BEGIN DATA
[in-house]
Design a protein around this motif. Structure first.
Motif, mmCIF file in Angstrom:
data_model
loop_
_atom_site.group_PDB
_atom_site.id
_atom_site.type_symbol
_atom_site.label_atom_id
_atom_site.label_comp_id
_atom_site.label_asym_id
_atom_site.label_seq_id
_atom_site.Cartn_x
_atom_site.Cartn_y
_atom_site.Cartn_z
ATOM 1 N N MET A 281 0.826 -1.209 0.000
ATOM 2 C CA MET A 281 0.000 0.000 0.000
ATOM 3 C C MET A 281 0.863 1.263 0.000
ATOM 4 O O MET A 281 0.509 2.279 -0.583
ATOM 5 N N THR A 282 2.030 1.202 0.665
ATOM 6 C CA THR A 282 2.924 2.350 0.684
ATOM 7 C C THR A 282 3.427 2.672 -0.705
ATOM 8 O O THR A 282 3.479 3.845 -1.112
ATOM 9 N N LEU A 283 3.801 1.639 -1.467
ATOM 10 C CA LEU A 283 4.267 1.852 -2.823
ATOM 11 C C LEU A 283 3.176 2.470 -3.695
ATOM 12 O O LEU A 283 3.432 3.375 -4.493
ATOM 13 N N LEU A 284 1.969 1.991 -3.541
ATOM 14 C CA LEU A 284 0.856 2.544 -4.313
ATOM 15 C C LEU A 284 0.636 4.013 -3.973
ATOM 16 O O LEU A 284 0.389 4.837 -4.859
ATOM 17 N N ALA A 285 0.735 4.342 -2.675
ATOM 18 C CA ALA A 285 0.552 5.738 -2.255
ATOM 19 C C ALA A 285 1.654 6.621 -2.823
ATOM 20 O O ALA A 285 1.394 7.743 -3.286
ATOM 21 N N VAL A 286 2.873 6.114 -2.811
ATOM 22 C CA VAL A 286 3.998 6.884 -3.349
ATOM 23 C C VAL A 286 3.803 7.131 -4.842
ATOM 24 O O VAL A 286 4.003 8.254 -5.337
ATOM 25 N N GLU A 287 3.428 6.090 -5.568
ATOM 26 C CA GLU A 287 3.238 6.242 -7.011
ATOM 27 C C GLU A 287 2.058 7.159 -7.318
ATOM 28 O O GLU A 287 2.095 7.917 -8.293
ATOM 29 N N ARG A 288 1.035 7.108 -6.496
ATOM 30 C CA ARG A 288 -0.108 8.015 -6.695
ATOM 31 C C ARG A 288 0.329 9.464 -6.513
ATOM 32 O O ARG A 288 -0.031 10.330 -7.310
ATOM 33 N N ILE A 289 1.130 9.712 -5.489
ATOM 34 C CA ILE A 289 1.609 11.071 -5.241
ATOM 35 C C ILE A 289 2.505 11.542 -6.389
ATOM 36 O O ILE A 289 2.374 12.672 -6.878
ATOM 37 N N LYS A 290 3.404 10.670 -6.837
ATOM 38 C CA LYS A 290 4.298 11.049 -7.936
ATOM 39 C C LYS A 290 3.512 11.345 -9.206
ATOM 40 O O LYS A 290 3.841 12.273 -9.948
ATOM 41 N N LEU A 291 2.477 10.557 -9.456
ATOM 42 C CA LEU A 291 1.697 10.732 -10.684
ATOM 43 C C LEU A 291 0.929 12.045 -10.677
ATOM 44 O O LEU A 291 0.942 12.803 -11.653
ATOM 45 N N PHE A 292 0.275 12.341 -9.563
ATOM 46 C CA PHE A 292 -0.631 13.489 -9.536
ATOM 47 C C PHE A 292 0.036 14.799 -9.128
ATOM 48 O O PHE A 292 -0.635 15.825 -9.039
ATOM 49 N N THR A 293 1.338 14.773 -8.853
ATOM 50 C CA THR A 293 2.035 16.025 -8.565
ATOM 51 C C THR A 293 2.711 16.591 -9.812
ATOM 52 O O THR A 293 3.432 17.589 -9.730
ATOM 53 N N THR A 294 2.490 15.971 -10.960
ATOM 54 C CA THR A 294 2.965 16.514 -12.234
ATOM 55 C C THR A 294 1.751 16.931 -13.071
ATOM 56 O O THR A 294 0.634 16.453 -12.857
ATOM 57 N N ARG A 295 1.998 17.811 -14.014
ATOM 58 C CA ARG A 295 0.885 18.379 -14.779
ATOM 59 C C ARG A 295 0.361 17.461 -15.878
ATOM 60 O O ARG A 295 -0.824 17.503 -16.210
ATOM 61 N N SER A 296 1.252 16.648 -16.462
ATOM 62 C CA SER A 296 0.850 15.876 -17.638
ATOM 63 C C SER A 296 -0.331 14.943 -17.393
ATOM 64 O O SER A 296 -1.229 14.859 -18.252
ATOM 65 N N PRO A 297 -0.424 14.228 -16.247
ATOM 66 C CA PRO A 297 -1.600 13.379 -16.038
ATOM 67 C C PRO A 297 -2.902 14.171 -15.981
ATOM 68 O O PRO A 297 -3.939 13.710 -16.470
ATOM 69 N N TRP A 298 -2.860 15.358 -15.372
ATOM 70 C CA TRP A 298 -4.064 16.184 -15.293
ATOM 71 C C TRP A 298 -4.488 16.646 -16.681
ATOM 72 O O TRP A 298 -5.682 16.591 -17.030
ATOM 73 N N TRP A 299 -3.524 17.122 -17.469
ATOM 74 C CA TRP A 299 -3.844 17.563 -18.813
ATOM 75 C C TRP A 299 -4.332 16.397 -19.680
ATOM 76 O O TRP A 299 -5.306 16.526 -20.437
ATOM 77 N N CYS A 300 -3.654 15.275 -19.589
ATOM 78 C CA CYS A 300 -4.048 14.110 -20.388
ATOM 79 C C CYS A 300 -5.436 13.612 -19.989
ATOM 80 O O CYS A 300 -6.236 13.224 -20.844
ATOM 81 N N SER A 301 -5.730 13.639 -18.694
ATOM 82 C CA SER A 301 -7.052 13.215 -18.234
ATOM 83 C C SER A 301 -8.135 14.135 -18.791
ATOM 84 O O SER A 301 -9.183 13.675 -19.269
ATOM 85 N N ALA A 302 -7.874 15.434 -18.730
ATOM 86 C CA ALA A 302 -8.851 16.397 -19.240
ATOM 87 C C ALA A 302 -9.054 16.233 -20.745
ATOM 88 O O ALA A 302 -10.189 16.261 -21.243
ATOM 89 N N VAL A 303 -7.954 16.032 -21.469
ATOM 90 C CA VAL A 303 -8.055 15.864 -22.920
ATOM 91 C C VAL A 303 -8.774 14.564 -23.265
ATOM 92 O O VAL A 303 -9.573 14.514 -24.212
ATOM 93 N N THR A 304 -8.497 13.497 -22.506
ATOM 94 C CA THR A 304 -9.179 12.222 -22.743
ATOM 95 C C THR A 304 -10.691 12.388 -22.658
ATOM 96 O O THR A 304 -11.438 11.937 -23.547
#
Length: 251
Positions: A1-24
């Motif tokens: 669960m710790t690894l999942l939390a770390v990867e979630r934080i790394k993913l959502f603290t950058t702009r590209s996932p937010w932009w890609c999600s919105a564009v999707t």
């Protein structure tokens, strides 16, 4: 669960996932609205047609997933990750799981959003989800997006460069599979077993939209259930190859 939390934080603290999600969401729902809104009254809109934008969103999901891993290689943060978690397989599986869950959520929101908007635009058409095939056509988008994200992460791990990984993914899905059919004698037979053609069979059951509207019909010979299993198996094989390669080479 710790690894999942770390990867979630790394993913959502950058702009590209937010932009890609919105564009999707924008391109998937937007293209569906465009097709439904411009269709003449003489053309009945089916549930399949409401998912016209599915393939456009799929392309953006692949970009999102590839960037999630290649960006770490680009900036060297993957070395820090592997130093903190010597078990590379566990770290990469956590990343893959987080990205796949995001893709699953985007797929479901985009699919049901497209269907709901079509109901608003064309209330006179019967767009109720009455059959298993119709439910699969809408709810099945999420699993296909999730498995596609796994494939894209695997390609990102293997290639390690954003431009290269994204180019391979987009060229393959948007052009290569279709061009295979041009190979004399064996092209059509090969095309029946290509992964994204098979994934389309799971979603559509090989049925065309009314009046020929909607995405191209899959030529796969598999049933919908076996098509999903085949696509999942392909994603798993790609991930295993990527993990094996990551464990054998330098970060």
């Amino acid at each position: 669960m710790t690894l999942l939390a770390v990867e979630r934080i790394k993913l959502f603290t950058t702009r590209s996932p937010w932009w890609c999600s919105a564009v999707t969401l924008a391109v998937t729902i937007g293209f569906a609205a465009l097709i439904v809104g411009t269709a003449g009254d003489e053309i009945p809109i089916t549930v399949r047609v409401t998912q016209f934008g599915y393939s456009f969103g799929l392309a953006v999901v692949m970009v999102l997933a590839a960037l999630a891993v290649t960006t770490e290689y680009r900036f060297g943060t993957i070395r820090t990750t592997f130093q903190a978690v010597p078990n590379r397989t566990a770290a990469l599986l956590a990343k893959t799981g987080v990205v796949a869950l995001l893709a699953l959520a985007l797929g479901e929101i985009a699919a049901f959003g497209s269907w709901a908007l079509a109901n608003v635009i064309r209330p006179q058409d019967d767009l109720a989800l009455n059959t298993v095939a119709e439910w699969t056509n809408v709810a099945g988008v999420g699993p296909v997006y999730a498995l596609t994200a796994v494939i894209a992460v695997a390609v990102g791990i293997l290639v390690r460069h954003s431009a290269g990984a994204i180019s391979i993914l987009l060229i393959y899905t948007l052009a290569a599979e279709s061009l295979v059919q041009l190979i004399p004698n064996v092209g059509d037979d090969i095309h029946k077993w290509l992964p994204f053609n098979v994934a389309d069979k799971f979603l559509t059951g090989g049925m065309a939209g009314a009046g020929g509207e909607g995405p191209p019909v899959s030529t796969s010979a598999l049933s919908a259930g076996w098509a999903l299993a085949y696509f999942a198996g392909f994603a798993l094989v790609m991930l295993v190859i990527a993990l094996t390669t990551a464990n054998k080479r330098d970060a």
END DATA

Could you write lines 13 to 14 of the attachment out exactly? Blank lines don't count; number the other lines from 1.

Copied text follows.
_atom_site.Cartn_x
_atom_site.Cartn_y